The MATISSE Investigators showed that once-daily, subcutaneous administration of fondaparinux for at least 5 days and until 2 consecutive INRs were greater than 2.0 as a "bridge" to warfarin is at least as effective and safe as adjusted-dose, intravenous administration of unfractionated heparin as a "bridge" to warfarin in the initial treatment of hemodynamically stable patients with pulmonary embolism. During the 3-month follow up, 42 of the 1103 patients randomly assigned to receive fondaparinux (3.8 percent) had recurrent thromboembolic events, as compared with 56 of the 1110 patients randomly assigned to receive unfractionated heparin (5.0 percent). Major bleeding occurred in 1.3 percent of the patients treated with fondaparinux and 1.1 percent of those treated with unfractionated heparin. Mortality rates at three months were similar in the two groups.
In another randomized double-blinded trial by the MATISSE Investigators, patients were randomized to fondaparinux once daily versus enoxaparin twice daily for at least 5 days and until 2 consecutive INRs were greater than 2.0 as a "bridge" to warfarin for initial treatment of acute symptomatic DVT. Fondaparinux was found to be as effective and safe as twice-daily enoxaparin during the 3-month follow up period. 43 (3.9%) of 1098 patients randomly assigned to fondaparinux had recurrent thromboembolic events compared with 45 (4.1%) of 1107 patients randomly assigned to enoxaparin. Major bleeding occurred in 1.1% of patients receiving fondaparinux and 1.2% of patients receiving enoxaparin. Mortality rates were 3.8% and 3.0%, respectively.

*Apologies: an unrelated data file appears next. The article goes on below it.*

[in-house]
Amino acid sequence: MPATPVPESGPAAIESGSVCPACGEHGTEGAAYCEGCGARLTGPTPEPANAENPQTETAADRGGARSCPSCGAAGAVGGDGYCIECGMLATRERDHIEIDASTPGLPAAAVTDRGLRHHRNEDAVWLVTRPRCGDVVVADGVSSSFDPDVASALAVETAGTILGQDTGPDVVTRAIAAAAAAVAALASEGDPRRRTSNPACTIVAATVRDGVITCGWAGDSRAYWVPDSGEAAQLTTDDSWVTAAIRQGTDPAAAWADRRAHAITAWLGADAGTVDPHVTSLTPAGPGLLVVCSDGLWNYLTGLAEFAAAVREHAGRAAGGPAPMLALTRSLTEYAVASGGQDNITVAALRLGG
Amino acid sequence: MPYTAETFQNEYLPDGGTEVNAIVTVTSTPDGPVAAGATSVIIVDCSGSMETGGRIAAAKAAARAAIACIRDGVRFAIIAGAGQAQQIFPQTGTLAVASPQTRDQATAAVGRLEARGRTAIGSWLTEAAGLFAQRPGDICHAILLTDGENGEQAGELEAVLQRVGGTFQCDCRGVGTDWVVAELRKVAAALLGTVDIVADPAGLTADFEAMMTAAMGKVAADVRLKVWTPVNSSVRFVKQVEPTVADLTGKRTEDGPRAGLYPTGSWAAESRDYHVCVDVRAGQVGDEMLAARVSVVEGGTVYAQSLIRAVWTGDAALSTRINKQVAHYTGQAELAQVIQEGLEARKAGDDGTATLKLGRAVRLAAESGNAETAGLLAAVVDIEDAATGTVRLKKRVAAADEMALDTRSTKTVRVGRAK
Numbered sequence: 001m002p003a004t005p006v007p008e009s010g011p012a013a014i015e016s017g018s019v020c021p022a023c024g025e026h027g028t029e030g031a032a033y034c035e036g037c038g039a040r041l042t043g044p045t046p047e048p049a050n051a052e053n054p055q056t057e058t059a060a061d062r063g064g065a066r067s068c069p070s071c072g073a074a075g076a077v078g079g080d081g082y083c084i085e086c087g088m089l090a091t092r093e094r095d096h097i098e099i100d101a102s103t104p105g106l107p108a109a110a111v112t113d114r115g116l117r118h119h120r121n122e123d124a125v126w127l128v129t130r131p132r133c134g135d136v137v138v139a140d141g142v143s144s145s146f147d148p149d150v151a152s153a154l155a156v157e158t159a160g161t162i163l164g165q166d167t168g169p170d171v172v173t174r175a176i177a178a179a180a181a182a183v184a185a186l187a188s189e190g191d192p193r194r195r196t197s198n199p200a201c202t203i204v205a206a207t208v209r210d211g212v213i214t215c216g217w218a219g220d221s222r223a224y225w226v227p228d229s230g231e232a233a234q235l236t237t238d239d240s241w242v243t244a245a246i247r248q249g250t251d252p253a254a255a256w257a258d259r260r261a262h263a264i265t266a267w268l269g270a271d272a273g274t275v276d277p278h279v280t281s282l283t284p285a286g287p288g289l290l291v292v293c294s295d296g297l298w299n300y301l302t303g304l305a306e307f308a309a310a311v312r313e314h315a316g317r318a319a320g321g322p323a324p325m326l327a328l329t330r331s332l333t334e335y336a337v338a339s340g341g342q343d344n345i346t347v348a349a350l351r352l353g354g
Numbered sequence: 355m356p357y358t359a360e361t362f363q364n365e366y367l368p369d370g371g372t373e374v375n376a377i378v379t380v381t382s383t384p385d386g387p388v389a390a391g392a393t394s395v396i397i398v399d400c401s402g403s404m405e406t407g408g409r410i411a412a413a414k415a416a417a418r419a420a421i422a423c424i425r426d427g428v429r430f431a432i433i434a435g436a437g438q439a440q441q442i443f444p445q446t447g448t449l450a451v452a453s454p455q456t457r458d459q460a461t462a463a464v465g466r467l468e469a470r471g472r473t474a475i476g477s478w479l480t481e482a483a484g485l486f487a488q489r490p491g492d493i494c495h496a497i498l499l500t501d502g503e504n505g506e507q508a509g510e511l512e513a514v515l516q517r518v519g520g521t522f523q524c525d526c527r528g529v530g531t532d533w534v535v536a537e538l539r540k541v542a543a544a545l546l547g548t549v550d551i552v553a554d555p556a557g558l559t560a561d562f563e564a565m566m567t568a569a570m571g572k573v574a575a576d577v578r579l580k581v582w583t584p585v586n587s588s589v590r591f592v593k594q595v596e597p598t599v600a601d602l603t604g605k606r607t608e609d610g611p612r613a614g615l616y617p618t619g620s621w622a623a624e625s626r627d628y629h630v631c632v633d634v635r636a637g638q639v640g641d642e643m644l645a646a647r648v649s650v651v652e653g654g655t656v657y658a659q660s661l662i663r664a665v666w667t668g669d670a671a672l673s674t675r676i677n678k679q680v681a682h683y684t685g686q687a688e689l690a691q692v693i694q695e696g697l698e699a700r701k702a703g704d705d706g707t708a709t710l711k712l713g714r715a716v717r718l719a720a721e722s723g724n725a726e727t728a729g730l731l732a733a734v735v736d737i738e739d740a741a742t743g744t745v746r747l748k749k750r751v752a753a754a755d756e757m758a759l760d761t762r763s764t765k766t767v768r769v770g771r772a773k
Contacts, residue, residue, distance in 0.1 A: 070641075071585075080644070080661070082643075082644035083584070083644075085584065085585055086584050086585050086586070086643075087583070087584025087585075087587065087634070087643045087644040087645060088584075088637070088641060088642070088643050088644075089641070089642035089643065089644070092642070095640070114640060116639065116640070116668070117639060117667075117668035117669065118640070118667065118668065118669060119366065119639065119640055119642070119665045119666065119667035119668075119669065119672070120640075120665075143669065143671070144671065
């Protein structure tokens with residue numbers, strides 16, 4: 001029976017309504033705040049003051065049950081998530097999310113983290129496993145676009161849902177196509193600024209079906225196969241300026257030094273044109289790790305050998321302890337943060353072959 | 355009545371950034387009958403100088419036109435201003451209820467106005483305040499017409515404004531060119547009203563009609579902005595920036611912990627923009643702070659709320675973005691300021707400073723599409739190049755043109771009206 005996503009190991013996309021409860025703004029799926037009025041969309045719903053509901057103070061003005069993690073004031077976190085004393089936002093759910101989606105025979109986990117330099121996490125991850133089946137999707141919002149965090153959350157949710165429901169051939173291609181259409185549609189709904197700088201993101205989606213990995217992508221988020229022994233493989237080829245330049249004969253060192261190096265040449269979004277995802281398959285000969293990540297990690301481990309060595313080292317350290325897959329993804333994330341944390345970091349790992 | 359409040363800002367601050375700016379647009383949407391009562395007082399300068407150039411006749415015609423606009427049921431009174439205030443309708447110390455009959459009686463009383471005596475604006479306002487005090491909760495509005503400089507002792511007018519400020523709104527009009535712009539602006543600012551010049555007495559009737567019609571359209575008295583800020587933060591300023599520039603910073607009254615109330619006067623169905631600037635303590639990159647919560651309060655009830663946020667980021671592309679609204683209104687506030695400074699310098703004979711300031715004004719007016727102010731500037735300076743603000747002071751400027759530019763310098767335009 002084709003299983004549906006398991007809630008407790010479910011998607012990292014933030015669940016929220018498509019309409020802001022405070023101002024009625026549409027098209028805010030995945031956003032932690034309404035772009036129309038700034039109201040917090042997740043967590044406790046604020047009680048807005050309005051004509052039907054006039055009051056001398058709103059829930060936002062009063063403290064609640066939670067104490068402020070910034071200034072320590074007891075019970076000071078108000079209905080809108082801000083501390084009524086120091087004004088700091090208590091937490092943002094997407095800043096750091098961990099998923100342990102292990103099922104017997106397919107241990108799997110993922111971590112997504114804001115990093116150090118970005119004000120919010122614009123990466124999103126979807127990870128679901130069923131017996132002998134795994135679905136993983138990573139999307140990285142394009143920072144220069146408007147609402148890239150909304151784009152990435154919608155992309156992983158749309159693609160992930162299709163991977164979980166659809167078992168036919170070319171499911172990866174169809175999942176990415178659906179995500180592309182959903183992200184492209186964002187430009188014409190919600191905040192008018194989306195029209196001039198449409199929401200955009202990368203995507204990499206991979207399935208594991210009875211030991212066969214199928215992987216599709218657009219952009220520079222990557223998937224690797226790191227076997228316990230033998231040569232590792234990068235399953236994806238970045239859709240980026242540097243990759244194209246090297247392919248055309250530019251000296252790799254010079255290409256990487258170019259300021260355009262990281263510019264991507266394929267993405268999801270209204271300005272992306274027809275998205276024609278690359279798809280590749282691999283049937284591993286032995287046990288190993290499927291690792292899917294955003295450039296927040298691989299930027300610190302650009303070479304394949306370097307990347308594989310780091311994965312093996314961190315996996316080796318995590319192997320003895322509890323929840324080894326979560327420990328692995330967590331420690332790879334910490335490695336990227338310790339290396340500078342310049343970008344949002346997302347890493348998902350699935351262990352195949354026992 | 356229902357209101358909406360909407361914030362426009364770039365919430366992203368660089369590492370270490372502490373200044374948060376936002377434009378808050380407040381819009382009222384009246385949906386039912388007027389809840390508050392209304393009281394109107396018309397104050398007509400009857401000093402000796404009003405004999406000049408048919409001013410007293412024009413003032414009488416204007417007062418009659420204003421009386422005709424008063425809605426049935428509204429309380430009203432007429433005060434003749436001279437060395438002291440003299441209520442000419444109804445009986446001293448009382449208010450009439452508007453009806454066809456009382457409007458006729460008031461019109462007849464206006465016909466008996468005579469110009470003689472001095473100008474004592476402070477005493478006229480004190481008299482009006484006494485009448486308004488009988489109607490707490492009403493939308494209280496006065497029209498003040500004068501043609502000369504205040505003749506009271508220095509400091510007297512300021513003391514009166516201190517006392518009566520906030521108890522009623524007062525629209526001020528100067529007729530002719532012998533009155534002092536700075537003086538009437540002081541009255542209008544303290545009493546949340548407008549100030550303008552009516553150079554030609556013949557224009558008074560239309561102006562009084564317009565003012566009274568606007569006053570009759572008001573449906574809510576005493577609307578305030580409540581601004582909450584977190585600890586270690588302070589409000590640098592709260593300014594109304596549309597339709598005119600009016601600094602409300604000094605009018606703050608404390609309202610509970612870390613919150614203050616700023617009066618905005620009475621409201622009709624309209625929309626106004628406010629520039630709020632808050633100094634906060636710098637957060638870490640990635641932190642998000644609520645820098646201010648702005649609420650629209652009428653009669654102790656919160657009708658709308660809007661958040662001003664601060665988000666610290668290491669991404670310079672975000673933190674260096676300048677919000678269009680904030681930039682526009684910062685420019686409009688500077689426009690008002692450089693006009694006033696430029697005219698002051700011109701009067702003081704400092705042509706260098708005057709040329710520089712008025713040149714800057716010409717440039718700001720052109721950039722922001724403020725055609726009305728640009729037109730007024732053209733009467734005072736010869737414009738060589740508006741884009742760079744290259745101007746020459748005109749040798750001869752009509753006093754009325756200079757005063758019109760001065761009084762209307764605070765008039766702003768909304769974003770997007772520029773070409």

These two MATISSE trial totaled 4418 patients and led to the FDA approval of fondaparinux in the treatment of acute symptomatic DVT and PE as a "bridge" to warfarin.
In this investigator-initiated trial, we will conduct a cohort study with once daily fondaparinux as monotherapy without warfarin for 90-day management of DVT and/or PE in patients who are unable to tolerate or respond adequately to warfarin.
Research Design and Methods:
This is a cohort study with a sample size of 30 patients at Brigham and Women's Hospital with history of DVT and/or PE who are intolerant to warfarin or not responding to warfarin.
During the study there will be 3 visits at day zero, week 6, and at day 90. Patients will be monitored closely for any bleeding complications.
During these visits, blood will be drawn for platelet counts, renal function, hematocrit, and transaminase level.
- Recurrent acute symptomatic DVT confirmed by venous ultrasound and/or CT scan
- Recurrent acute symptomatic PE confirmed by chest CT scan
- Major hemorrhage defined as spinal, retroperitoneal or intracranial bleeding, drop in hemoglobin ≥2g/dl or transfusion ≥2U or surgical or medical intervention, death related to bleeding
Comparison of Day Zero, 6 week, and Day 90 platelet counts, renal function, hematocrit and transaminase level
Patients enrolled in the study will receive a weight-based dose of fondaparinux as monotherapy for 90 days for the treatment of DVT and/or PE.
Weight < 50 kg - 5 mg daily Weight 50 - 100 kg - 7.5 mg daily Weight > 100 kg - 10 mg daily
Descriptive statistics will be performed using age, gender, and indication for long-term anticoagulation.
Please refer to this study by its ClinicalTrials.gov identifier: NCT00413504
|United States, Massachusetts|
|Brigham and Women's Hospital|
|Boston, Massachusetts, United States, 02115|
|Principal Investigator:||Samuel Z. Goldhaber, MD||Brigham and Women's Hospital|